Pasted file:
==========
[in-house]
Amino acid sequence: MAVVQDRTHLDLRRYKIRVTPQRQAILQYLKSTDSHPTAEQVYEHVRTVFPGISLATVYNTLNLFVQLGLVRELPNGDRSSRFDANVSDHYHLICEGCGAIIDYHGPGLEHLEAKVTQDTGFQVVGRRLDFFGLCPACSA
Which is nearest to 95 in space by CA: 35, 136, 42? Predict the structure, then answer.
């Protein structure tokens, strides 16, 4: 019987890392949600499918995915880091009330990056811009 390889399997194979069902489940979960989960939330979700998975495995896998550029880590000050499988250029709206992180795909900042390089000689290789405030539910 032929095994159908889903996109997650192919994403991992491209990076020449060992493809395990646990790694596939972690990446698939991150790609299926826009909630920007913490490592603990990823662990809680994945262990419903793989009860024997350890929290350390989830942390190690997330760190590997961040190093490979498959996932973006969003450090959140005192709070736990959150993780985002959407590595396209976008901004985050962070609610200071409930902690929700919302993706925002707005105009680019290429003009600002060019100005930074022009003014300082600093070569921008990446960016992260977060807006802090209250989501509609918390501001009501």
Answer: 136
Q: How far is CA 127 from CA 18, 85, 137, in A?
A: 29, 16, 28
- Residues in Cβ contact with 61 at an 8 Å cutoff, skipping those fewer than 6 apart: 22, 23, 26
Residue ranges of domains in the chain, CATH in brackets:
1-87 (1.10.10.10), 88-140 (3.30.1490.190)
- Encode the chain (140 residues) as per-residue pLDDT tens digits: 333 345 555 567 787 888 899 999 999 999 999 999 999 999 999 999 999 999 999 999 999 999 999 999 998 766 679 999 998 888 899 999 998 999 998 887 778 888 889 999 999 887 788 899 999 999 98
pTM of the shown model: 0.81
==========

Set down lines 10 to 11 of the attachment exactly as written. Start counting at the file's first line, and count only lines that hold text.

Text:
1-87 (1.10.10.10), 88-140 (3.30.1490.190)
- Encode the chain (140 residues) as per-residue pLDDT tens digits: 333 345 555 567 787 888 899 999 999 999 999 999 999 999 999 999 999 999 999 999 999 999 999 999 998 766 679 999 998 888 899 999 998 999 998 887 778 888 889 999 999 887 788 899 999 999 98